Scientific American magazine, which has taken a very politically correct tact in recent years, not to mention putting out all sorts of different numbers to make its cases, has, nonetheless, provided some interesting new information. That most recent article to which we referred above offers the third thing most readers may not realize about methane emissions. It is that hydroelectric power, which represented 51% of all renewable power generation in the US in 2013, accounts for major methane emissions.
Here are some of the tidbits from the piece (emphasis added):
Big dams built in the tropics to produce hydroelectricity have long been highly controversial − and data gathered in Laos by a French team studying methane emissions confirms that dams can add to global warming, not reduce it…
As long ago as 2007, researchers at Brazil’s National Institute for Space Research calculated that the world’s largest dams emitted 104 million tons of methane annually and were responsible for 4 percent of the human contribution to climate change.
Since methane has an impact 84 times higher over 20 years than the same quantity of carbon dioxide, this is a serious short-term threat to pushing the planet towards the danger threshold of increasing temperatures by 2˚C .
Despite the warnings that big dams in the tropics might be adding to climate change, governments go on building them − while often claiming that large dams equal clean energy.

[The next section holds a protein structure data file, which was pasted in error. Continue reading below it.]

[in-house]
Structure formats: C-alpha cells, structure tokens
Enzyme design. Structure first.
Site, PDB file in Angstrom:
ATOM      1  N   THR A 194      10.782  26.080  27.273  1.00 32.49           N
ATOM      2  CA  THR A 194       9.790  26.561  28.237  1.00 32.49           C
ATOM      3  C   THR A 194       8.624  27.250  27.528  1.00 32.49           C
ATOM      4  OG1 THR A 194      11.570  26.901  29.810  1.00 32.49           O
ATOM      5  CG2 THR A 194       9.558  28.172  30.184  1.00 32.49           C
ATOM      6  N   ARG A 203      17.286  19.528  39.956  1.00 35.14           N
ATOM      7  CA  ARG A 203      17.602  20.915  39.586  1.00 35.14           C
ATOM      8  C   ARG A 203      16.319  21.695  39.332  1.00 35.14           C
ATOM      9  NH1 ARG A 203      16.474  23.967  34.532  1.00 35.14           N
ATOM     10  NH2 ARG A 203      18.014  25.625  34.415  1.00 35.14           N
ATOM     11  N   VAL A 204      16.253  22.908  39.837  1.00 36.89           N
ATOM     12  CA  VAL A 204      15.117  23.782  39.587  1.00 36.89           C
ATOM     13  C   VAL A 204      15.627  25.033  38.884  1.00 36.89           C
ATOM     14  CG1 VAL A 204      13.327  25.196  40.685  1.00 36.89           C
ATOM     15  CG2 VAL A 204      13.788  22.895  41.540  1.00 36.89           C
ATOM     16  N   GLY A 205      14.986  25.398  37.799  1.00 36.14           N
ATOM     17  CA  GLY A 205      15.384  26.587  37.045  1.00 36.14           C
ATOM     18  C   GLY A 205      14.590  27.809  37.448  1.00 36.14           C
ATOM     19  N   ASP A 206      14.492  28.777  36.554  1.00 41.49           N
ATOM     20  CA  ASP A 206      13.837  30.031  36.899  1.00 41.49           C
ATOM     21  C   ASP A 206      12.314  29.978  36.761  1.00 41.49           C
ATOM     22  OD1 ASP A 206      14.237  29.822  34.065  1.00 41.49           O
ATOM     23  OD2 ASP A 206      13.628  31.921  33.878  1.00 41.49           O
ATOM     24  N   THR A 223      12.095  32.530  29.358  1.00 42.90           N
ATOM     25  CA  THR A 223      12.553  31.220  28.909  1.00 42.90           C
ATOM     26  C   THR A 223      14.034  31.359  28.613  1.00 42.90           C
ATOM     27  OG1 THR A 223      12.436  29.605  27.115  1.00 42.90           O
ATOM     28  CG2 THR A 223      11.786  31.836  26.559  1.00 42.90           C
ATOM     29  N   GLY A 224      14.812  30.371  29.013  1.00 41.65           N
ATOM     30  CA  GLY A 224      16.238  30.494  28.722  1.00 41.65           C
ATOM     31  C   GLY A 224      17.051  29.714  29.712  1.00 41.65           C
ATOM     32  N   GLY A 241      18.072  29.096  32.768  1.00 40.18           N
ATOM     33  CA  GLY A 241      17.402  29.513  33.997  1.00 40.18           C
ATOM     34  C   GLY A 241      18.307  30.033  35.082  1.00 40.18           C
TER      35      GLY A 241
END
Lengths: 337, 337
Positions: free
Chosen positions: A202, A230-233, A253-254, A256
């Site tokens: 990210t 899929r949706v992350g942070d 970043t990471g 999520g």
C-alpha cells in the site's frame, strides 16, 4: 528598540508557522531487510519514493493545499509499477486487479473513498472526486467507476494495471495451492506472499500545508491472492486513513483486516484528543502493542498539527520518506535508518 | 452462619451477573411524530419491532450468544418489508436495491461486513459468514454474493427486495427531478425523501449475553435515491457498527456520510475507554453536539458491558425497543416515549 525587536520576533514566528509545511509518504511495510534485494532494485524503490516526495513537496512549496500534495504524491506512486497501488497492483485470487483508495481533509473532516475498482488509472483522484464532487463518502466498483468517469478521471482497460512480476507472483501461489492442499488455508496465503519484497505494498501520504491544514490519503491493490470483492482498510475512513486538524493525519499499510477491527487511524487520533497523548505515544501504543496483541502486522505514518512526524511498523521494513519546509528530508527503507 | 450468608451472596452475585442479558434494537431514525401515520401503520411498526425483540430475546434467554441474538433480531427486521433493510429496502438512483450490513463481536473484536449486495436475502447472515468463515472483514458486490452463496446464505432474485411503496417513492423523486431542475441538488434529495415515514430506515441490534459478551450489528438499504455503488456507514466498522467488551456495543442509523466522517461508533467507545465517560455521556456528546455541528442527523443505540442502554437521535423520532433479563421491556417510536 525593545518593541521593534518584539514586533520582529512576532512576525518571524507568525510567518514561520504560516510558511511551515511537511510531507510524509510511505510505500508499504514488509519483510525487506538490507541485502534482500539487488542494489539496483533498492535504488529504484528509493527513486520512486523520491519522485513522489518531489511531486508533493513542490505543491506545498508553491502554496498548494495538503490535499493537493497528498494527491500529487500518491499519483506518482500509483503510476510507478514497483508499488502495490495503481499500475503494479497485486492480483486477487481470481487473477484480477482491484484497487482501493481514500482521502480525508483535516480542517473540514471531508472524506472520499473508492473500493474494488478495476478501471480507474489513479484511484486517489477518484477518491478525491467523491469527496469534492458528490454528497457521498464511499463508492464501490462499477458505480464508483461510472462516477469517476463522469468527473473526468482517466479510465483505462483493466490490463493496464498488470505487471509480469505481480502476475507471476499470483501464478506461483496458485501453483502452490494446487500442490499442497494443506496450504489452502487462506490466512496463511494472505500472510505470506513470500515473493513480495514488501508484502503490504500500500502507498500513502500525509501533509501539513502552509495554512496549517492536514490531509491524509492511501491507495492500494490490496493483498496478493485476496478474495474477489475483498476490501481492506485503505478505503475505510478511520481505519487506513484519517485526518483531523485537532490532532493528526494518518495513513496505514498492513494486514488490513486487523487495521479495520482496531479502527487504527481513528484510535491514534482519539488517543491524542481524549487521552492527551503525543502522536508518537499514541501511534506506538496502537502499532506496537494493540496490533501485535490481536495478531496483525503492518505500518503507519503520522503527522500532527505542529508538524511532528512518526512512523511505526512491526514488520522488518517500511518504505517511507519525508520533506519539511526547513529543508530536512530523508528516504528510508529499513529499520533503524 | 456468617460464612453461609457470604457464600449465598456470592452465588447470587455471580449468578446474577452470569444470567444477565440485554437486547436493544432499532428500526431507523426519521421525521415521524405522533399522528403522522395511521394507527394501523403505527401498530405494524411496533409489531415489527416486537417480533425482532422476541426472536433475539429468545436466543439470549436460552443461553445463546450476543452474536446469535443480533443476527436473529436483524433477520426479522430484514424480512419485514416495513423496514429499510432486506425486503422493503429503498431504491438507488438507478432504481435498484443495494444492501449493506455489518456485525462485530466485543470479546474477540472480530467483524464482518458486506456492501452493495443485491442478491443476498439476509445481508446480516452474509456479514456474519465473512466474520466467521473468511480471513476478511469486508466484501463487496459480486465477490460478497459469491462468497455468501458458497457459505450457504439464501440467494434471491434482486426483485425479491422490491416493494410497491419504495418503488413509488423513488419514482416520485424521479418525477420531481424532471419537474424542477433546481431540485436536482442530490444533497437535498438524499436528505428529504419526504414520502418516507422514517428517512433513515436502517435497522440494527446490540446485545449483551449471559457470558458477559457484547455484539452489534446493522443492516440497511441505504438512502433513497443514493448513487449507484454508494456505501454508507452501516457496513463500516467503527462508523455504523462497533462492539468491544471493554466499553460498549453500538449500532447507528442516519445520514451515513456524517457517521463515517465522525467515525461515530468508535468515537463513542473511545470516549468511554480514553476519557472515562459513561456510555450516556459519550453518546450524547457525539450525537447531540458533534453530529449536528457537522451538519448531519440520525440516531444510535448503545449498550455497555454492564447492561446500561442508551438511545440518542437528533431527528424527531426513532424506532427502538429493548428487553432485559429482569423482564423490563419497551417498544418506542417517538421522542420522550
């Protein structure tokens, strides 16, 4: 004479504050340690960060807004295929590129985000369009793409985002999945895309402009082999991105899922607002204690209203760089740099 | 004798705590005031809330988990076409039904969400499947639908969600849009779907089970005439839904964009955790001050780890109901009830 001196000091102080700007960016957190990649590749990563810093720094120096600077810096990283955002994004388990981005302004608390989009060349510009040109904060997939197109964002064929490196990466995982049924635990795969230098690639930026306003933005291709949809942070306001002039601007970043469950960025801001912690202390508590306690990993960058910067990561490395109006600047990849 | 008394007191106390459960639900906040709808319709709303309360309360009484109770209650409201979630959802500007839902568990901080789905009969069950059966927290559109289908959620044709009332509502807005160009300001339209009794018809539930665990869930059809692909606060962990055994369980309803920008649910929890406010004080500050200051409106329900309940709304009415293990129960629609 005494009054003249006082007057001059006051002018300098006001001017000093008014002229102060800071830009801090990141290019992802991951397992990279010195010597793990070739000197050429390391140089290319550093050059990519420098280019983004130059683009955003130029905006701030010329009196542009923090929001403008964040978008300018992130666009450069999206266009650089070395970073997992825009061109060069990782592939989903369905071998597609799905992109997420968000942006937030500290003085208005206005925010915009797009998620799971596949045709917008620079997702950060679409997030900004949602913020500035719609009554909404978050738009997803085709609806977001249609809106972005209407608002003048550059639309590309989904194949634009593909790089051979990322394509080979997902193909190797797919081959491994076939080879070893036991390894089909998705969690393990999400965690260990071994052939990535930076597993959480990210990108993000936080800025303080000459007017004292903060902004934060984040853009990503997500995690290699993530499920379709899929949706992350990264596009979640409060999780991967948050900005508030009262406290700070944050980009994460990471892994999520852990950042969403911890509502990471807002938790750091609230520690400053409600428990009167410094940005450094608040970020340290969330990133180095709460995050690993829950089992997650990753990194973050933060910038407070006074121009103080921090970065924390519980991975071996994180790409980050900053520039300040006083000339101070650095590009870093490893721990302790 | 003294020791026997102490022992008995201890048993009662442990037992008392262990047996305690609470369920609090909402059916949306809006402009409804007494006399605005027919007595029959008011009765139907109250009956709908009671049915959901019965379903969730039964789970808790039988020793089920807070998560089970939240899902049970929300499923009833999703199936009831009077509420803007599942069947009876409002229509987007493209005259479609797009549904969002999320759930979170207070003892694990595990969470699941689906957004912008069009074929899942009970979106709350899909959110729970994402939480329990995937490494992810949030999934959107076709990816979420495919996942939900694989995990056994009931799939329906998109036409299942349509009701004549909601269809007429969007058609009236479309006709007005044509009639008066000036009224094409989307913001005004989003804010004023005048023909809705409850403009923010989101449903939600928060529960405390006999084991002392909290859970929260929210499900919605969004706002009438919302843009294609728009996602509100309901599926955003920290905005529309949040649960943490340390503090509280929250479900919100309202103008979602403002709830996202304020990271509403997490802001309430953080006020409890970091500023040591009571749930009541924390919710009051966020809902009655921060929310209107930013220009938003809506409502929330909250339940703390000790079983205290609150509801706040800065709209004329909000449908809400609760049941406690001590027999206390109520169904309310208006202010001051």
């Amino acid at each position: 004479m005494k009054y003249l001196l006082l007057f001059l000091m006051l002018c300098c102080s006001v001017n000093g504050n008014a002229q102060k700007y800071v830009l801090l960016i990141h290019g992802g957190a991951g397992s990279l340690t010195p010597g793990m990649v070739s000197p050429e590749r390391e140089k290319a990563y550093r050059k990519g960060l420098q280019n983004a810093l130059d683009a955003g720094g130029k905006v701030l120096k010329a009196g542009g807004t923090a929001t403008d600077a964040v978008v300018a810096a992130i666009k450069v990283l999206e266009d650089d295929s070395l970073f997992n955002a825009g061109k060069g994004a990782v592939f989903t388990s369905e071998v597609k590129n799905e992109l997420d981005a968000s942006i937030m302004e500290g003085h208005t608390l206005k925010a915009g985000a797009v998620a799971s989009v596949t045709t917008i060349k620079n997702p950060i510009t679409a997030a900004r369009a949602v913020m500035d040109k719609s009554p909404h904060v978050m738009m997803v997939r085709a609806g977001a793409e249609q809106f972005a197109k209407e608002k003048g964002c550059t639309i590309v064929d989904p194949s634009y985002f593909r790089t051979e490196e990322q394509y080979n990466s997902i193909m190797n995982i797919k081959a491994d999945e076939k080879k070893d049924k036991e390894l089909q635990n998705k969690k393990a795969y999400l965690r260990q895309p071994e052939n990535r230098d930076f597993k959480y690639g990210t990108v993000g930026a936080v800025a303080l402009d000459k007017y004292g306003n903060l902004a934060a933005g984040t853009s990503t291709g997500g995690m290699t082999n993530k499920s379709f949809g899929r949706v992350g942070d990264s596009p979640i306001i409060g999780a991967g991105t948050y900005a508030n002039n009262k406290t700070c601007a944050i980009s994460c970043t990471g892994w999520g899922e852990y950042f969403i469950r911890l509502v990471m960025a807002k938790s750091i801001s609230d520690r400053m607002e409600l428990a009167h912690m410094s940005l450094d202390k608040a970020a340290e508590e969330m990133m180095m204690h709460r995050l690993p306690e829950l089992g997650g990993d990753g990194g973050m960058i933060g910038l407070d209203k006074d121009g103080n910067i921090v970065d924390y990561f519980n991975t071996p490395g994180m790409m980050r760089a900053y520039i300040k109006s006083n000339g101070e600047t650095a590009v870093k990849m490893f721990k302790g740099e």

The new research shows that the methane discharges are probably even worse than current estimates.
In an attempt to find out exactly what the perils and benefits of big dams in the tropics can be, a French team from the National Center for Scientific Research has been studying the Nam Theun 2 reservoir in Laos − the largest in Southeast Asia − prior to its filling, in May 2008, right up to the present to calculate the total methane emissions…
With the help of a statistical model, day-to-day data related to atmospheric pressure and water level was used by the researchers to reconstruct emissions by ebullition over a continuous four-year period, from 2009 to 2013.
The results obtained highlight the importance of very frequent measurements of methane fluxes. They also show that the ebullition process − and therefore the amount of methane emitted from tropical reservoirs during their first years of operation − has most certainly been underestimated until now.
Just for the record, I’m not terribly worried about a 2˚ C increase in temperature given we’ve had no recent increases, it’s been much warmer before and the science is far from settled, but many of our readers and many natural gas supporters are, and I respect them.
If they’re correct and I’m wrong, that’s all the more reason to get things right with the data. Let the hyperventilating of fractivists come to end. Let’s recognize what’s being said in this piece about what constitutes more than half of all renewable electricity generation – hydroelectric power. It sounds remarkably similar to fractivist complaints made against natural gas except that the natural gas record is clearly improving year by year. Those who are serious about global warming as a threat need to think long and hard about that. There is no energy source that is free of impacts and risks – absolutely none. Some are better than others, to be sure, but natural gas is part of the solution, just like renewables.